8. casecmp : This method is case-insensitive version of symbol <=$gt;. It will return -1, 0, 1, or nil. It is worked on A-Z/a-z, not on all Unicode. In this method nil is returned when the two symbols have incompatible encodings or if other_sym is not a symbol.
    sym.casecmp(other)

    Example:

    filter_none

    edit
    close

    play_arrow

    link
    brightness_4
    code

    # Ruby program to illustrate 
    # use of casecmp method
      
    # Using casecmp method
    puts :GeeKs.casecmp(:geeks)
    puts :GeeKsGfg.casecmp(:geeksG)
    puts :GeeKsGfg.casecmp(:geeksGfgz)
    puts :GeeKsGfg.casecmp(3)

    chevron_right

    
    

    Output:

    0
    1
    -1
    nil
  9. downcase : This method converts upper-case letters in lower-case.
    sym.downcase

    Example:

    filter_none

    edit
    close

    play_arrow

    link
    brightness_4
    code

    # Ruby program to illustrate 
    # use of the downcase method
      
    # Using the downcase method
    puts :"WELCOME TO GEEKSFORGEEKS".downcase

    chevron_right

    
    

    Output:

    :"welcome to geeksforgeeks"
  10. length : This method returns the length of the given sym.
    sym.length

    Example:

    filter_none

    edit
    close

    play_arrow

    link
    brightness_4
    code

    # Ruby program to illustrate 
    # use of length method
      
    # Using length method
    puts :GeeKsGfg.length

    chevron_right

    
    

    Output:


    8
  11. slice : This method is similar to Symbol#to_s. This method provides you character on the given index from the sym .
    sym.slice(index)
    sym.slice(b, n)
    

    Example:

    filter_none

    edit
    close

    play_arrow

    link
    brightness_4
    code

    # Ruby program to illustrate 
    # use of slice method
      
    # Using slice method
    p :GeeKsGfg.slice(3)
    p :GeeKsGfg.slice(6)

    chevron_right

    
    

    Output:

    "K"
    "f"
    
  12. swapcase : This method interchange the case of the characters that present in sym. In other words, it converts lower-case into upper-case and upper-case into lower-case.
    sym.swapcase

    Example:

    filter_none

    edit
    close

    play_arrow

    link
    brightness_4
    code

    # Ruby program to illustrate 
    # use of the swapcase method
      
    # Using swapcase method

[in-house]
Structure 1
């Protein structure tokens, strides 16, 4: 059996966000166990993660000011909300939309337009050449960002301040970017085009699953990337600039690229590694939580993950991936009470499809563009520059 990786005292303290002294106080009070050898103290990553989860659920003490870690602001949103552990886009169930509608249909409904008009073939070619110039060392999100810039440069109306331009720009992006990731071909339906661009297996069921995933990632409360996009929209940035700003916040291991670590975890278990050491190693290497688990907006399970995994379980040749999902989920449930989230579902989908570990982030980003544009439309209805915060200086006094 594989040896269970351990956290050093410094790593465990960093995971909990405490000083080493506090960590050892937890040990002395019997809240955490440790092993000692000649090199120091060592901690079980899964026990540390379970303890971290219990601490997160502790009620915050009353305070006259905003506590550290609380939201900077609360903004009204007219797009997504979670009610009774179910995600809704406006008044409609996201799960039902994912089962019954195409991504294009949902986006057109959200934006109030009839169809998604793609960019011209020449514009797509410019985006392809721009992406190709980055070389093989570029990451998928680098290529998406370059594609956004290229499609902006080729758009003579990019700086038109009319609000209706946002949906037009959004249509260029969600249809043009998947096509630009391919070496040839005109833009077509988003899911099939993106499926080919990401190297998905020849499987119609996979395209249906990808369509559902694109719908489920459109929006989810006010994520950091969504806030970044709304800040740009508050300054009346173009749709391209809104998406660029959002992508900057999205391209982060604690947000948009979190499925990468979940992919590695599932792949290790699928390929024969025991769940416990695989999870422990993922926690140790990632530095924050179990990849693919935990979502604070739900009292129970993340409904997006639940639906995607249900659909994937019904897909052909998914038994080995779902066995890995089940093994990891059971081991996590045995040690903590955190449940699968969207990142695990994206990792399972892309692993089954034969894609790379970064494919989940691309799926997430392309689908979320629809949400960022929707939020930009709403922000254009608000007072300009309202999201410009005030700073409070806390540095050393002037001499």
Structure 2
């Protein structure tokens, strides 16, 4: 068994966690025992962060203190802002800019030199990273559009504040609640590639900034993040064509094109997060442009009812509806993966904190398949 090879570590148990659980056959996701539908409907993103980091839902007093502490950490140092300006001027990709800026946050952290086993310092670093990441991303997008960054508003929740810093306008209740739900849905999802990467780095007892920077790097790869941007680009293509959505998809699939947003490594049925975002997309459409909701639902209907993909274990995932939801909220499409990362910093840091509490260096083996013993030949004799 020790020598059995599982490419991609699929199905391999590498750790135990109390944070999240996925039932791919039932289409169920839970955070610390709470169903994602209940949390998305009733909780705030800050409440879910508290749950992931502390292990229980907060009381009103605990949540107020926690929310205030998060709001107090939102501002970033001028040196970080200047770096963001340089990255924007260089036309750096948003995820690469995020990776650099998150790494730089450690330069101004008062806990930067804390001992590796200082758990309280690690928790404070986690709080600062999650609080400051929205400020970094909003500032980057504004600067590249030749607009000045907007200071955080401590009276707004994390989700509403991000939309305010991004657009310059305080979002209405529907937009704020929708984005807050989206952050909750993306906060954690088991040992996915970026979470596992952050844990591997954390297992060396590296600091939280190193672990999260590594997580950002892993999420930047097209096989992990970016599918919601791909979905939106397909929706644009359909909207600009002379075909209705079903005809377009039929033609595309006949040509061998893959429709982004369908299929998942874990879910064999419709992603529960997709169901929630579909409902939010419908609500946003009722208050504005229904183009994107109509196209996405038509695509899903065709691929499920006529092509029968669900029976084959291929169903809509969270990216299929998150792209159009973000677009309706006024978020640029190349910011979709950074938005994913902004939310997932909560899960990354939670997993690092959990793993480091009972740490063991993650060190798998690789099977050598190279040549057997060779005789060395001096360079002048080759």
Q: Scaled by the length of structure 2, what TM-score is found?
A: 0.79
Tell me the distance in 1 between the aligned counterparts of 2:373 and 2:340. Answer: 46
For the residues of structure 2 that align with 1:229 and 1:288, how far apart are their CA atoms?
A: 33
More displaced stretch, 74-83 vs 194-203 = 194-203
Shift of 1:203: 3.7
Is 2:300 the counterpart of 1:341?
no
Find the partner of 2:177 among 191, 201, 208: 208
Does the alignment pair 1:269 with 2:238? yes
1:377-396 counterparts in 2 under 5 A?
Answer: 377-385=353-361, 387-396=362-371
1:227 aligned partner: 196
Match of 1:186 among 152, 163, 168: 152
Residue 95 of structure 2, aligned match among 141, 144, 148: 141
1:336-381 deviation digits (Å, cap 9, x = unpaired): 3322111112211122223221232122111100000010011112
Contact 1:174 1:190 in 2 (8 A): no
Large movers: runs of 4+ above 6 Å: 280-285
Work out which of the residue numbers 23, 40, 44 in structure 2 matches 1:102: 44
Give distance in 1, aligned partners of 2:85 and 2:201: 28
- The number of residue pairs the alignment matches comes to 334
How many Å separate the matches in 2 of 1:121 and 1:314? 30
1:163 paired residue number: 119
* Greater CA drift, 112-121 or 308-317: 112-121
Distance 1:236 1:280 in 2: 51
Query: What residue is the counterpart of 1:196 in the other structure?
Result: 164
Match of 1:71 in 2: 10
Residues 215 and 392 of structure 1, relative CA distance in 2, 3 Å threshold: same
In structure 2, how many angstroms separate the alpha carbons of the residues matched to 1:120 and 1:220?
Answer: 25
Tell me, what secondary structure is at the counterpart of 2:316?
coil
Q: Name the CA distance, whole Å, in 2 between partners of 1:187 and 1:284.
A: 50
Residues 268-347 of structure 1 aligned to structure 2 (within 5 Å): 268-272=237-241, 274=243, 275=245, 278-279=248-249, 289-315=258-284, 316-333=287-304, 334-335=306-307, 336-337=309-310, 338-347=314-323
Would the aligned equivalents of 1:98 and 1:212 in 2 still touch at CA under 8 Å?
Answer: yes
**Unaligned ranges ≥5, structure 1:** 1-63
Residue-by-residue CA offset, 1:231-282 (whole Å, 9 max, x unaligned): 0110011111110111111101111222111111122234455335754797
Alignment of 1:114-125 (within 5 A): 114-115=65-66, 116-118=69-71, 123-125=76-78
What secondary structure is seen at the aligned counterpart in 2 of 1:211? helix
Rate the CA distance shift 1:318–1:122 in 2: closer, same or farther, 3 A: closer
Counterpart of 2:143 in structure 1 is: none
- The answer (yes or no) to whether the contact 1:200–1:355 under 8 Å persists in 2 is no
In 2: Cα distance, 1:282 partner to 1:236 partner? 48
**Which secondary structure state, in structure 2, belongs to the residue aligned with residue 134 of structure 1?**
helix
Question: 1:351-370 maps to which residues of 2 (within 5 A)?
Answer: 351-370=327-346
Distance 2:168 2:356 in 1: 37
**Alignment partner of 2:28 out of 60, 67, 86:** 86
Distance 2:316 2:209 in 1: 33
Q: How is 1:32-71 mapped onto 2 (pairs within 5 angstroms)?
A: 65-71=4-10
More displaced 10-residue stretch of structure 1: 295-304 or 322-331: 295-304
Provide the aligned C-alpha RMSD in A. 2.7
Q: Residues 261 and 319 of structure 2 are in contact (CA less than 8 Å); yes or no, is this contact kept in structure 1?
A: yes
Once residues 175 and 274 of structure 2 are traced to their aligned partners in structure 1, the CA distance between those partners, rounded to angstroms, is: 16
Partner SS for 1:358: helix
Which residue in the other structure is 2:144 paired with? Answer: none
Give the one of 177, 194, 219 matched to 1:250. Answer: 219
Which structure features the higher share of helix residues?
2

p "WELcome TO geeksFORGEEKS".swapcase

    chevron_right

    
    

    Output:

    "welCOME to GEEKSforgeeks"
  13. upcase : This method converts lower-case characters into upper-case.
    sym.upcase

    Example:

    filter_none

    edit
    close

    play_arrow

    link
    brightness_4
    code

    # Ruby program to illustrate 
    # use of the upcase method
      
    # Using upcase method
    p "welcome to geeksforgeeks".upcase

    chevron_right

    
    

    Output:

    "WELCOME TO GEEKSFORGEEKS"
  14. to_proc : This method return a Proc object which answer to the given method by sym.
    sym.to_proc

    Example:

    filter_none

    edit
    close

    play_arrow

    link
    brightness_4
    code

    # Ruby program to illustrate 
    # use of to_proc method
      
    # Using to_proc method
    p (1..5).collect(&:to_s)

    chevron_right

    
    

    Output:

     ["1", "2", "3", "4", "5"]
  15. to_sym This method returns a symbol that corresponding to an object. Here sym has been already a symbol, so in this case it returns it.
    sym.to_sym

Reference: https://ruby-doc.org/core-2.5.0/Symbol.html#method-i-5B-5D



My Personal Notes arrow_drop_up

Check out this Author's contributed articles.

If you like GeeksforGeeks and would like to contribute, you can also write an article using contribute.geeksforgeeks.org or mail your article to contribute@geeksforgeeks.org. See your article appearing on the GeeksforGeeks main page and help other Geeks.

Please Improve this article if you find anything incorrect by clicking on the "Improve Article" button below.



Improved By : nidhi_biet



Article Tags :

Be the First to upvote.


Please write to us at contribute@geeksforgeeks.org to report any issue with the above content.